Dear Guitar Student Parent,
Have you ever wanted to do something, but you felt scared of failing? Or have you ever dreaded a difficult task for which you felt inadequate?
We’re grown ups, right? If, after a lifetime of meeting and surmounting challenges, we still sometimes feel anxiety or dread, doesn’t it make sense that our kids do, too?
Perhaps they feel stress and overwhelm because of a non-negotiable reality, like a big homework assignment or upcoming test. Other risks are self-inflicted, like going out for the team, playing in a talent show or trying to make a new friend.
As a parent of three kids, ages 11, 14 and 17, I’ve heard my kids ask questions like “What if I fail?“, “What if they don’t like me?” and “What if I lose?” You have probably heard some of these questions, too. Maybe, like me, you’ve wondered how best to help your child.
Success Is Not A Destination
At New York City Guitar School, although we are guitar teachers, we talk a lot about a great basketball teacher, Coach John Wooden of UCLA. Wooden said “Success is not a destination, it is a journey.” Instead of telling his players to win, he “merely” asked them to strive for their personal best–and then they won a staggering ten national championships.
Mathematically, not every applicant gets into their first choice college, not every kid can have the highest grade in the class, and sometimes the cool kid you want to be friends with doesn’t want to be friends with you! But by focusing on doing our best, Wooden taught, we can always succeed, because by definition, we can’t do any better than our best.
So when I see that my kids are focused on an outcome they can’t completely control, I try to emulate John Wooden by reminding them to focus on what they can control, with mantras like:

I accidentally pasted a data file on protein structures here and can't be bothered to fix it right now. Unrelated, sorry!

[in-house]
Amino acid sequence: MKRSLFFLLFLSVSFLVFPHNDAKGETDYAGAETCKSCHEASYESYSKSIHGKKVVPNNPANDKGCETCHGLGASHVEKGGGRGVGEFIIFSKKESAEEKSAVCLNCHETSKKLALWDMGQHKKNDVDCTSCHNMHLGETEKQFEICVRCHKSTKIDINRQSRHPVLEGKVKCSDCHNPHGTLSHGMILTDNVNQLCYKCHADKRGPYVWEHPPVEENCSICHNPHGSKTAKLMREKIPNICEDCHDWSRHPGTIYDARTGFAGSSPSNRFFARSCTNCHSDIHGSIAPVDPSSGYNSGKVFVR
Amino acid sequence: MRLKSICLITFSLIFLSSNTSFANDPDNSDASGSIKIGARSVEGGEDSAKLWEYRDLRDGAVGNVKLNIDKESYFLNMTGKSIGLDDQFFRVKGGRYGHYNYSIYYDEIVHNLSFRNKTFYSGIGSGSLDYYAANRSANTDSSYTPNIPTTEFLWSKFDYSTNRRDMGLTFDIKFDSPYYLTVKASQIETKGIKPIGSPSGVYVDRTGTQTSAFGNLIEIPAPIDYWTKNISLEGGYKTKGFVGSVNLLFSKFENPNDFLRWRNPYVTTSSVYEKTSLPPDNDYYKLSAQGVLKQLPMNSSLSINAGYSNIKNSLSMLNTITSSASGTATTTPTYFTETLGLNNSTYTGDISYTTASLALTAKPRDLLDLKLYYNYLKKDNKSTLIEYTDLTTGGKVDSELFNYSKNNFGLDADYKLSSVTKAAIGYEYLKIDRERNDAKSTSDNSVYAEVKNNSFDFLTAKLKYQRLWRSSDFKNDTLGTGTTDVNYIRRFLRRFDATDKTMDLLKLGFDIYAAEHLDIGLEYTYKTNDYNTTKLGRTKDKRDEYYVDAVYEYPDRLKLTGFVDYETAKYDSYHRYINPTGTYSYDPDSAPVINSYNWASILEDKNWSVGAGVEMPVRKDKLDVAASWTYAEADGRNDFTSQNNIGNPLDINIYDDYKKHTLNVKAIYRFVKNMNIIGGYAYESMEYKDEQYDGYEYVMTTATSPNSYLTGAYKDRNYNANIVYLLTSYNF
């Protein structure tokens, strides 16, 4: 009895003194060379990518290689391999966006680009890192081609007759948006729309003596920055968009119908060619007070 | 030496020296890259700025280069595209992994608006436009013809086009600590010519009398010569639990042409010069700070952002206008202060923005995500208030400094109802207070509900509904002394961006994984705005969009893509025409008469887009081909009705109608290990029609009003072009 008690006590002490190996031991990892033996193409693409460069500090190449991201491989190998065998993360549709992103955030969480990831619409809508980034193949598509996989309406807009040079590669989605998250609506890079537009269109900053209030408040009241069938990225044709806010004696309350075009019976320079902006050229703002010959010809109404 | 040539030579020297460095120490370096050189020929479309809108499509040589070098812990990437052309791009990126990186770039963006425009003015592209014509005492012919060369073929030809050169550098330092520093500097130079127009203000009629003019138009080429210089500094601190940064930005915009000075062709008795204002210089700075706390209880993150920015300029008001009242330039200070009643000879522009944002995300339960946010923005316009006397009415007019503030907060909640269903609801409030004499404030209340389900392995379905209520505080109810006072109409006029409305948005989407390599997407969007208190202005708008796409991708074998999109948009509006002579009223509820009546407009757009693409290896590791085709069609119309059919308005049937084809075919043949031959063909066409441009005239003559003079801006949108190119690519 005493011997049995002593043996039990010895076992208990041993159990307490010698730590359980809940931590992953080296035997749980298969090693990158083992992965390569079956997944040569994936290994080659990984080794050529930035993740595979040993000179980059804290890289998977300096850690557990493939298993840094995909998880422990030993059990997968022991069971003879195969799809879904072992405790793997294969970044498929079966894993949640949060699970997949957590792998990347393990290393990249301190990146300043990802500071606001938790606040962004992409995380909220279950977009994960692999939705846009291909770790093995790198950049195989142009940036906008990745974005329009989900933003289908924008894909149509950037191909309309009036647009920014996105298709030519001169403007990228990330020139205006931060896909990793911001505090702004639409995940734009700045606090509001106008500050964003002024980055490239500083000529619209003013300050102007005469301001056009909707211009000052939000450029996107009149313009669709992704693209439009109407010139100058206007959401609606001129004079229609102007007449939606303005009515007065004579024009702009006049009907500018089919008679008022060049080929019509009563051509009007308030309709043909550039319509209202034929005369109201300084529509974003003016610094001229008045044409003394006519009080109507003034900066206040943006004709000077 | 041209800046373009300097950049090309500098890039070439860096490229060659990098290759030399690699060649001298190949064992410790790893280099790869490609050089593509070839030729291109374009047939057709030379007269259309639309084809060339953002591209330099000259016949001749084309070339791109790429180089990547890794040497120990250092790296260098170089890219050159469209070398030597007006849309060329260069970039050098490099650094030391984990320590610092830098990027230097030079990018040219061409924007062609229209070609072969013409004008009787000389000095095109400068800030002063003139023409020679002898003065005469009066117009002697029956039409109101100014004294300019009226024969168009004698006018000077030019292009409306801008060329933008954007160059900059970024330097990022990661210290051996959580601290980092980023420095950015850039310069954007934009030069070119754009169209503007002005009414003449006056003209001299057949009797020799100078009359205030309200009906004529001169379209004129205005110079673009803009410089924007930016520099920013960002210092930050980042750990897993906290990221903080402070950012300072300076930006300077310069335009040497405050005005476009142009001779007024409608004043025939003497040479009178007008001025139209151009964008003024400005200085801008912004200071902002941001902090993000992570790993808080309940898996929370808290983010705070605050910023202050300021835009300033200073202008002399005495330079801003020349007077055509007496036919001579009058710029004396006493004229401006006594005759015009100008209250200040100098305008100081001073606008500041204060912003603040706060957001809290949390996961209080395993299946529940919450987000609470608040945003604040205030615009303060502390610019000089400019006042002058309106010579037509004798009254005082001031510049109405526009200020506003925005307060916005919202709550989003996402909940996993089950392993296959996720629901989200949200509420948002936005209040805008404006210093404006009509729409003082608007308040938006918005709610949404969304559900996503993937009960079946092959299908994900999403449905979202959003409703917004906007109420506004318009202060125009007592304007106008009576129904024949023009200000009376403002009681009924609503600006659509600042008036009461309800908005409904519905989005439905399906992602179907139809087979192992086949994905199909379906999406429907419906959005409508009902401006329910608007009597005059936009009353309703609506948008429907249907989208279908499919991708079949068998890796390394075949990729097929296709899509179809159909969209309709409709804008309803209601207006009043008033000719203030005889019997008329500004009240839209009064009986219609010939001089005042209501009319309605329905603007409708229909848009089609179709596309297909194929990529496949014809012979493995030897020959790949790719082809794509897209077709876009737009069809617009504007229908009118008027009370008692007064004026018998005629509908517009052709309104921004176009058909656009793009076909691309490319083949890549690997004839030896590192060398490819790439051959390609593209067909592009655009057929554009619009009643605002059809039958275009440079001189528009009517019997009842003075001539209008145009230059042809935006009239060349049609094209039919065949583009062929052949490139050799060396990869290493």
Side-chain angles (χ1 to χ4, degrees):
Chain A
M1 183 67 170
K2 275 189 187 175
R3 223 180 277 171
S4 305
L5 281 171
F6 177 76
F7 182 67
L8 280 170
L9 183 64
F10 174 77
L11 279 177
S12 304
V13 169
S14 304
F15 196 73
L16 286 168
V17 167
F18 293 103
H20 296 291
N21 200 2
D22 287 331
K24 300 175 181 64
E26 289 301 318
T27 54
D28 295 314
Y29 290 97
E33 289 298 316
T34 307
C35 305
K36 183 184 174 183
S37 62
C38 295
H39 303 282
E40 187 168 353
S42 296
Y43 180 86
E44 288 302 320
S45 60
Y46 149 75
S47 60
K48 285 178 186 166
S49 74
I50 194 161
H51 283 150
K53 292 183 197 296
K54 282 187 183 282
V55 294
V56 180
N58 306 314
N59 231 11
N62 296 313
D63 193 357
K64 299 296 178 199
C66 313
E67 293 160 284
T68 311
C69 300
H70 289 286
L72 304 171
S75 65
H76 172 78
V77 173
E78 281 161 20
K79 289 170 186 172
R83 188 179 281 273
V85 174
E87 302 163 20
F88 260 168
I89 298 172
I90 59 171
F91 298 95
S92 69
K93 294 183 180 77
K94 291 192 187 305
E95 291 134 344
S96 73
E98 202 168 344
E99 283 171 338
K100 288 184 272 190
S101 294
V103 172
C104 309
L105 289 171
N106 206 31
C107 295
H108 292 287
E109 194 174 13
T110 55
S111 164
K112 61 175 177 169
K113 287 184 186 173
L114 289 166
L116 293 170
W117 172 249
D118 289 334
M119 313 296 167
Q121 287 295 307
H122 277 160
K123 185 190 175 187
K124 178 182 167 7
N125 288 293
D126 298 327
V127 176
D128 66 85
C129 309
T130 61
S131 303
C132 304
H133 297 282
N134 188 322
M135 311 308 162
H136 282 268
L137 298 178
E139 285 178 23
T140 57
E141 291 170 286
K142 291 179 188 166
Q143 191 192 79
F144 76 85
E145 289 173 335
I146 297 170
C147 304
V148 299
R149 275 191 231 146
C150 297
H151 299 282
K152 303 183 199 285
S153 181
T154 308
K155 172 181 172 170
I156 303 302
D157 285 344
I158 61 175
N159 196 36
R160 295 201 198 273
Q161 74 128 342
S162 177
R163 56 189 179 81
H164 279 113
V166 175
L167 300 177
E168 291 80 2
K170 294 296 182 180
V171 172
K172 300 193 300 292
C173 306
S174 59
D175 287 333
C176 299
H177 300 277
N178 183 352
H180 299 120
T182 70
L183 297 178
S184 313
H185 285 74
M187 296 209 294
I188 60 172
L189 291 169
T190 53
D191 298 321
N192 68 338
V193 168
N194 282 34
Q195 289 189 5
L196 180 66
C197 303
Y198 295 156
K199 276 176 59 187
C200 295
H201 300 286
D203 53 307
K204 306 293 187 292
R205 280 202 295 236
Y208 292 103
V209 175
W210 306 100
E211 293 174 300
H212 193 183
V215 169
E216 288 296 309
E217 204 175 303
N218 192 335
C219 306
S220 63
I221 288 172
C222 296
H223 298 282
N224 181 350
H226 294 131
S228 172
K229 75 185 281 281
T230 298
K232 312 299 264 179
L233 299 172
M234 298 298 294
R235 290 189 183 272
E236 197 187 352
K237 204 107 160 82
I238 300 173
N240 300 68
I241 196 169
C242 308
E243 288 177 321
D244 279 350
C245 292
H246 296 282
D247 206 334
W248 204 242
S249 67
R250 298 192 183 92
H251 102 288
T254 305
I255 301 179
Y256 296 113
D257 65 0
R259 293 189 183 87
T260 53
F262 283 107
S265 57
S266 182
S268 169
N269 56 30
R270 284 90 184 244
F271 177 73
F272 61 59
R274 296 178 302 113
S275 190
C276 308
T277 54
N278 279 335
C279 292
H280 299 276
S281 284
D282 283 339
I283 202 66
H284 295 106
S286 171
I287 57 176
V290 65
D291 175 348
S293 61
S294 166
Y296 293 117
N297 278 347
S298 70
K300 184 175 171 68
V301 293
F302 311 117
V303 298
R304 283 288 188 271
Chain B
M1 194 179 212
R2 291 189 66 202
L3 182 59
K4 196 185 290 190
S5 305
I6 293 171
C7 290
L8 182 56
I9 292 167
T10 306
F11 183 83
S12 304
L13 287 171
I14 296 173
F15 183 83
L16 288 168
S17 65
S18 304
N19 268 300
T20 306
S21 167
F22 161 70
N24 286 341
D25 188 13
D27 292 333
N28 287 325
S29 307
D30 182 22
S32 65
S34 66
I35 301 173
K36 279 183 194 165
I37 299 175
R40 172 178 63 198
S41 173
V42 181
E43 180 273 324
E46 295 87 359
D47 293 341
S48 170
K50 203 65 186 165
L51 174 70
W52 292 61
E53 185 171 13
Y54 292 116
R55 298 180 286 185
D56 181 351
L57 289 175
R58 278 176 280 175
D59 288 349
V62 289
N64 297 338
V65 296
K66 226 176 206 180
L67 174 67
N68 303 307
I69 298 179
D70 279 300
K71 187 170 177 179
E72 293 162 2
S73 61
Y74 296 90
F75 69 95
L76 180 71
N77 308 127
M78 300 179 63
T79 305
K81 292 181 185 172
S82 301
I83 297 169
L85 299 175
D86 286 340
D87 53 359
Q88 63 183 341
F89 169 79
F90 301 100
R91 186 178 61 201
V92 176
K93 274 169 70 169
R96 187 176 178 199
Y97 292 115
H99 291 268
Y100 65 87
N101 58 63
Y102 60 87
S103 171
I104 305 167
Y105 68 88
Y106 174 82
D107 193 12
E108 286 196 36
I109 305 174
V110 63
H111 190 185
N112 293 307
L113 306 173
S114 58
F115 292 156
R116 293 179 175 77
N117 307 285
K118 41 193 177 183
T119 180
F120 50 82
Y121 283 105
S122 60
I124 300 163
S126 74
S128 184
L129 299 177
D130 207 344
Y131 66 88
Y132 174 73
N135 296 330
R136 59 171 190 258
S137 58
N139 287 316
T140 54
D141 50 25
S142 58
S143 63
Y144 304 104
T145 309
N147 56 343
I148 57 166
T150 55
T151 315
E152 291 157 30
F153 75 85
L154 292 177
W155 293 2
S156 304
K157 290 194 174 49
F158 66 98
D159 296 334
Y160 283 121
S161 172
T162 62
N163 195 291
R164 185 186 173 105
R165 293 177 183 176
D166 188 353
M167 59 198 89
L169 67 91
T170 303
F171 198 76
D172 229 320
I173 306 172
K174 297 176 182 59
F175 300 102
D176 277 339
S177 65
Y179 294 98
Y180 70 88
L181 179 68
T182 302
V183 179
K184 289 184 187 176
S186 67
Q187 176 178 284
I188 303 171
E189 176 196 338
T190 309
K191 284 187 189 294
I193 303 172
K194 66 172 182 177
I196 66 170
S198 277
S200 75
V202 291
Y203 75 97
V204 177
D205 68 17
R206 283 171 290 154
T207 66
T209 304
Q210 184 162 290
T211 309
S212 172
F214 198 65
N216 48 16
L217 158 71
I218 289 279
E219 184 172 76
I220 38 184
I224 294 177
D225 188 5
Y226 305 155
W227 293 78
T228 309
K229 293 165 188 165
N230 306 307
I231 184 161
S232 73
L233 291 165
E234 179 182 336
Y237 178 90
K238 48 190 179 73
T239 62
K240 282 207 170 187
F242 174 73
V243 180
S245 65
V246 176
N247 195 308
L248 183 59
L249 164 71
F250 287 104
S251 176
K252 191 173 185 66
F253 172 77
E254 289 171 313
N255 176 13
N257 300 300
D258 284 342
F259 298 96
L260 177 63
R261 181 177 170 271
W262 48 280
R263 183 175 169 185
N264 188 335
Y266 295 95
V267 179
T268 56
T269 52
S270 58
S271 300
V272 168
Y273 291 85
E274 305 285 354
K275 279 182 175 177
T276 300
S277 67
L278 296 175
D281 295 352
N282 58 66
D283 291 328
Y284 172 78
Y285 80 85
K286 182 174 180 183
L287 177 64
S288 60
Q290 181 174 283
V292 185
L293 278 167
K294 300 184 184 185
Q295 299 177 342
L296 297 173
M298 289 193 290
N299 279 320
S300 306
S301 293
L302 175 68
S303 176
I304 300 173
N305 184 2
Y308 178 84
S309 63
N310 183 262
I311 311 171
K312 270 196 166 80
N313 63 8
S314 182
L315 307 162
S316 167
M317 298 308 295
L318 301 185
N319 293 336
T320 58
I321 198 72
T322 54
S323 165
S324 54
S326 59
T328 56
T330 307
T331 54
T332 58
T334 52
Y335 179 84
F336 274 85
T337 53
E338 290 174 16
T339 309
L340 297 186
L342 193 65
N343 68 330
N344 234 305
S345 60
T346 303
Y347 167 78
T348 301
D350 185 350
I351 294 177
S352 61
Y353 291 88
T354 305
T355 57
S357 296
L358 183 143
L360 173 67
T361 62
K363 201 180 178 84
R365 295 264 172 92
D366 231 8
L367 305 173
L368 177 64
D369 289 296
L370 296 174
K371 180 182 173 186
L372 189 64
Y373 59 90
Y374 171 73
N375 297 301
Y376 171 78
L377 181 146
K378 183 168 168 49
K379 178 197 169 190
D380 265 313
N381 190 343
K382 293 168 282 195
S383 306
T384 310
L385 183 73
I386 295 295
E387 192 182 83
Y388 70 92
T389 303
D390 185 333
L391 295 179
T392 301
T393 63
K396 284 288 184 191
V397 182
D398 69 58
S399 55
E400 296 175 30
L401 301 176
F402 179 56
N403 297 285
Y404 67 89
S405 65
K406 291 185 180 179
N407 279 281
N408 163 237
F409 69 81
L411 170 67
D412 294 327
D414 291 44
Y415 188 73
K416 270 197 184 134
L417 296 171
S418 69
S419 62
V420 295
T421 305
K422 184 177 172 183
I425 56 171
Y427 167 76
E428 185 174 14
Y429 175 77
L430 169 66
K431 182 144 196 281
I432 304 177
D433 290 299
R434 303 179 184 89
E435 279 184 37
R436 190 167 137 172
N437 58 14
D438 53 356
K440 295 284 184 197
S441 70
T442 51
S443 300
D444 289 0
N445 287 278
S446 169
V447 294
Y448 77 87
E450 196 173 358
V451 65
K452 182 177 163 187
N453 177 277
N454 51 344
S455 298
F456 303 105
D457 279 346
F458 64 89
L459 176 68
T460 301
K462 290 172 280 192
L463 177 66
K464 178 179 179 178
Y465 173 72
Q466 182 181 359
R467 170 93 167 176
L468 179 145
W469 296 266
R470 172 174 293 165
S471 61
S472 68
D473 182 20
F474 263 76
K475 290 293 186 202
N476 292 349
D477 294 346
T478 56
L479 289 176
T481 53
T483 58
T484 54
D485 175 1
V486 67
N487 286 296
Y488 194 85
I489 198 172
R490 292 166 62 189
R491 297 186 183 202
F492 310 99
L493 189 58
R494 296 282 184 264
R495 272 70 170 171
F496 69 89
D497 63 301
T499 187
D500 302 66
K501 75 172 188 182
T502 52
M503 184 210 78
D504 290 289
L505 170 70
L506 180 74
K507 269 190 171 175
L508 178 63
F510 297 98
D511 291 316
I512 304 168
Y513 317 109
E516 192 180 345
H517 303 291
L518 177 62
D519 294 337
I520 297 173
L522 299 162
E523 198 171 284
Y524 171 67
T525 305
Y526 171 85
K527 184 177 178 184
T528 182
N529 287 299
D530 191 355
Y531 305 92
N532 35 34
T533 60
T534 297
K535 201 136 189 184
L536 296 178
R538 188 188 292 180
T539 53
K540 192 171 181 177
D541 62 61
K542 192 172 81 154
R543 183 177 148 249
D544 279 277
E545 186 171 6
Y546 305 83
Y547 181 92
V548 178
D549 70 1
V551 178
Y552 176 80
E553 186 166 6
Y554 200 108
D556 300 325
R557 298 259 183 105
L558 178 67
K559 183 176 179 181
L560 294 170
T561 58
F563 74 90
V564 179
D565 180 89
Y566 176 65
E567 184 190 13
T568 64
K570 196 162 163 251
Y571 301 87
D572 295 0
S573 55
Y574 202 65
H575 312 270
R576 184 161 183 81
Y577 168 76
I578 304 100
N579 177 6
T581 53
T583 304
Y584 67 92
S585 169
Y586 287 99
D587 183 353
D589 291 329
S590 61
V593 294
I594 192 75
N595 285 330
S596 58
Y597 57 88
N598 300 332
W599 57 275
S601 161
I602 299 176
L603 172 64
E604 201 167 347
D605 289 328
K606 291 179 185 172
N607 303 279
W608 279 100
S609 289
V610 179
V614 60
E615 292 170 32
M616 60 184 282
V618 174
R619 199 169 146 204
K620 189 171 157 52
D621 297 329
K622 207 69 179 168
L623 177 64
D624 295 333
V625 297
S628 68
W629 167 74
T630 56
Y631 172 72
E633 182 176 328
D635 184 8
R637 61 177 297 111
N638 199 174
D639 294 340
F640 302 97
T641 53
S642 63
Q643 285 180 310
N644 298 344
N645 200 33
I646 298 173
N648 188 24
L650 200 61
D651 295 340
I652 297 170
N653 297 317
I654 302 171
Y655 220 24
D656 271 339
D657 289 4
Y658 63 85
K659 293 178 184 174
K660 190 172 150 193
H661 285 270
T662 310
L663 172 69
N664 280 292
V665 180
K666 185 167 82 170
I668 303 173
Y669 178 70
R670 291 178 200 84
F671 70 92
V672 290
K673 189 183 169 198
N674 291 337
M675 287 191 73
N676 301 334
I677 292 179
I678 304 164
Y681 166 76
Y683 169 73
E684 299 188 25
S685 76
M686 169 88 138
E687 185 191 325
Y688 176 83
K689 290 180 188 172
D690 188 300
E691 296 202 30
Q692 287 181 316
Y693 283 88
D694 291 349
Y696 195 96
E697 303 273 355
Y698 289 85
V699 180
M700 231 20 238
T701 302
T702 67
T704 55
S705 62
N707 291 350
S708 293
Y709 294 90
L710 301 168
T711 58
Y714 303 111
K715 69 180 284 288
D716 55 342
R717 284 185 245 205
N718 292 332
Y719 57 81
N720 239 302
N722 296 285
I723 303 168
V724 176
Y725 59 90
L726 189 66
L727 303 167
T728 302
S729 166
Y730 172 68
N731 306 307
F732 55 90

Just do your best–nobody can do better than that.
What can you do right now to be ready for later?
And I try to refocus them away from risk and towards opportunity, saying:
Somebody is going to win, why not you?
You miss 100% of the shots you don’t take.
Redefining Success Reduces Anxiety
Whether it is math homework for a third grader, a history test for a sixth grader, upcoming games, concerts or speeches at any age, or the omnipresent “college process” for our teenagers, our kids face situations which can feel more like chances to fail than opportunities to succeed.
We can reduce that stress by reminding them that success isn’t defined by a grade or an acceptance or rejection letter. Success is whether they can be proud of their effort!
Focusing on their own efforts will help them feel in control and at peace–and it also happens to be exactly what will increase their chance of getting their desired outcome (with a bonus benefit of building a habit of lifelong resilience).
In fact, if success is defined as “doing your best”, then stress changes from something that is always bad to a prerequisite for greatness. After all, goals accomplished without resistance can’t really call forth your best, can they?
Doing Your Best Is All Purpose Preparation For Any Future
Recently my son decided to run for school president. Wow, that is risky! That meant officially wanting something in front of his community, and being exposed to judgement and failure.
The competition was fierce, the outcome was uncertain, and part of me wished I could spare him the pain he would feel should he lose. But I reminded myself that he is growing up in an uncertain world, full of opportunities and risks, and that he needs practice both winning and losing to prepare for a life full of both.
For the next few weeks, I watched him strategizing, getting feedback from other kids and practicing his speech over and over. I felt thrilled–because win or lose, he had embraced a risk with good effort. I found myself thinking “This kid is going to be fine in life.”
Our kids are growing up in a crazy world, full of opportunities and risks. Will they be ready? I know that the best way I can help my kids is the same way that I can feel confidence and find peace as a parent–by teaching and following the message contained in these four incredible words: “Just Do Your Best.”
The night of the election my kid called me up at the guitar school and said, “Hey, dad–you know how you always say that you miss 100% of the shots you don’t take? Well, I took this shot–and I made it!”
Effort may be its own reward–but I have to admit that hearing my kid say my own quote back to me felt extra special!
As you and I continue our parenting journey, let’s remember what John Wooden says:
“Just Do Your Best–Nobody Can Do Better Than That”